ST. PAUL, Minn. - Unmanned spy planes and smart phones with G-P-S tracking were not part of the landscape when Minnesota's criminal surveillance laws were written, and now state lawmakers are looking for ways to balance law enforcement's needs with the constitutional rights of citizens.
The House Public Safety Committee Tuesday passed several bills that would require investigators to get search warrants in order to target citizens with surveillance drones, or to mine their cell phone data for leads.
"When they wrote that law the better part of two decades ago, they didn't imagine that 90 percent of us would be carrying a device like this in their pocket, that would tell government where they're located," Rep. Joe Atkins, an Inver Grove Heights Democrat, told the panel, as he held a smart phone.
Atkins' bill, enhancing due process for acquiring location information from cell phone data, was approved by the committee and will likely be combined with a proposal by Rep. John Lesch of St. Paul, also dealing with smart phone data.
Another Lesch measurewould require search warrants before police deploy a drone, or unmanned aerial vehicle, for surveillance. One exception would be for emergencies, but in those cases the courts would have to be notified as soon as possible after the fact.
Republican Brian Johnson has offered a similar bill that would restrict the use of drones to emergencies, counter-terrorism actions and probes authorized by search warrants. His drone bill and Lesch's will be folding into one piece of legislation before getting a final okay by the committee.
Catching up with technology
Many of the laws were tailored to tracking devices that police place on vehicles, mobile trackers that emit radio signals. Mobile phone users collect and transmit vast quantities of personal data, and law enforcement can also capture data from cell tower activity logs that allow location tracking.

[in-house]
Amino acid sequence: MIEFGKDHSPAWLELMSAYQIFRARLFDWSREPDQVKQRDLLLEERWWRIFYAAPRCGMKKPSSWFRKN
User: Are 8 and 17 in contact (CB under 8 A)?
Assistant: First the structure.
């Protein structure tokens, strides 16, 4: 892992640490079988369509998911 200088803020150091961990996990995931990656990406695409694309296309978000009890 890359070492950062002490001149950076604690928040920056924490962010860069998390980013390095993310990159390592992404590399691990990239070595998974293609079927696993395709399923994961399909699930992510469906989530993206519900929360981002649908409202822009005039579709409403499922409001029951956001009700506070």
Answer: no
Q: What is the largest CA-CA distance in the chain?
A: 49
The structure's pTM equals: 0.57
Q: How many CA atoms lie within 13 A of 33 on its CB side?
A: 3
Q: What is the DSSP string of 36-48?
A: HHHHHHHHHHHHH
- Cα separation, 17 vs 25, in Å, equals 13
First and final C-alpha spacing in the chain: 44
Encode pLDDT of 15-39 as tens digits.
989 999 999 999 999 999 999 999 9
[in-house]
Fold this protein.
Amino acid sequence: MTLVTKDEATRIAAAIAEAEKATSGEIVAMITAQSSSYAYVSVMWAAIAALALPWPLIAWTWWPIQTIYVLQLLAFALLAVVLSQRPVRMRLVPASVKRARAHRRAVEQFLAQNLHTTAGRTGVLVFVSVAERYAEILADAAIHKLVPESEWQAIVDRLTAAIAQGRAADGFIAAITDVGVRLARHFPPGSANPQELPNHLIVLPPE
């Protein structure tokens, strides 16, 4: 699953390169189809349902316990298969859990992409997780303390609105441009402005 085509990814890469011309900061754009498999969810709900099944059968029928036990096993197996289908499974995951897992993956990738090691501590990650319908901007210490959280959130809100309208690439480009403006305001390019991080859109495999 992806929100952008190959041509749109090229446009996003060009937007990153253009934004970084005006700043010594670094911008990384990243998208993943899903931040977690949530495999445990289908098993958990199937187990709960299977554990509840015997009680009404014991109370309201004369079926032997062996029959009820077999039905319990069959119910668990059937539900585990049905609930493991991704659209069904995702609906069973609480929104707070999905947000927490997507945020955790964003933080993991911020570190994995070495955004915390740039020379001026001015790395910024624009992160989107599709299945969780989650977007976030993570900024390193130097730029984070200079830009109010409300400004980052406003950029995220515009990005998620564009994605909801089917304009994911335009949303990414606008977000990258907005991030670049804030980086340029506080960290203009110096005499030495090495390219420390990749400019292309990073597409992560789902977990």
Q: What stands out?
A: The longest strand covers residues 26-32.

"The Fourth Amendment requires a search warrant from a judge, from a judicial officer, before you go search a person's papers in their houses, before you tap their phones," Chuck Samuelson of the ACLU of Minnesota told reporters.
"And the search warrant is a really good check and balance, and that's what we're asking for in the case of the drones."
Republicans on the committee said they opposed anything that would hinder legitimate investigations, and would rather see the bills shelved until they gain law enforcement support.
"We just don't like the high bar of a search warrant, with the portability of evidence and the way the criminals can get out of Dodge," Rep. Tony Cornish, a Vernon Center Republican, told reporters.
"We would like to be able to react more quickly and don't want our hands tied."
Cornish, a former DNR conservation officer and retired police chief, said the drone bills were looking too far into the future at a problem that hasn't become reality yet.
Cornish took issue with another bill offered by Rep. Lesch, that would limit drone ownership to the Minnesota Bureau of Criminal Apprehension, or BCA. That proposal would allow local agencies to borrow drones from the BCA, after explaining the intended use and securing search warrants.
Cornish said he's heard from several county sheriffs who are against that idea, and suggested that a statewide association also opposed it.
That led to a back and forth between Lesch and Cornish over the fact that Hennepin County Sheriff Rich Stanek didn't testify at an informational hearing Lesch held in January.
"This committee cannot make decisions based on rumor and innuendo and hearsay," Rep. Lesch told Cornish.
Stanek instead held a briefing for a group of lawmakers at the sheriff's office, but Lesch said that's not the same thing answering questions in a public committee meeting.
"That's why we have an open committee hearing process because government can't be making secret decisions and holding secret information, and secret technology."
When the committee resumed action four hours later Stanek was on hand, a development that diffused the issue.
Rich Neumeister, a citizen lobbyist and advocate for open government and personal privacy, said he wasn't sold on the idea of allowing the BCA to be the sole owner of drones. He said the BCA hasn't provided him adequate details about a $600,000 purchase of surveillance equipment, despite formal open records requests he filed in accordance with the state's data practices laws.
A bill banning surveillance dronesaltogether was offered by Rep. Phyllis Kahn, but was laid over by the committee for future consideration.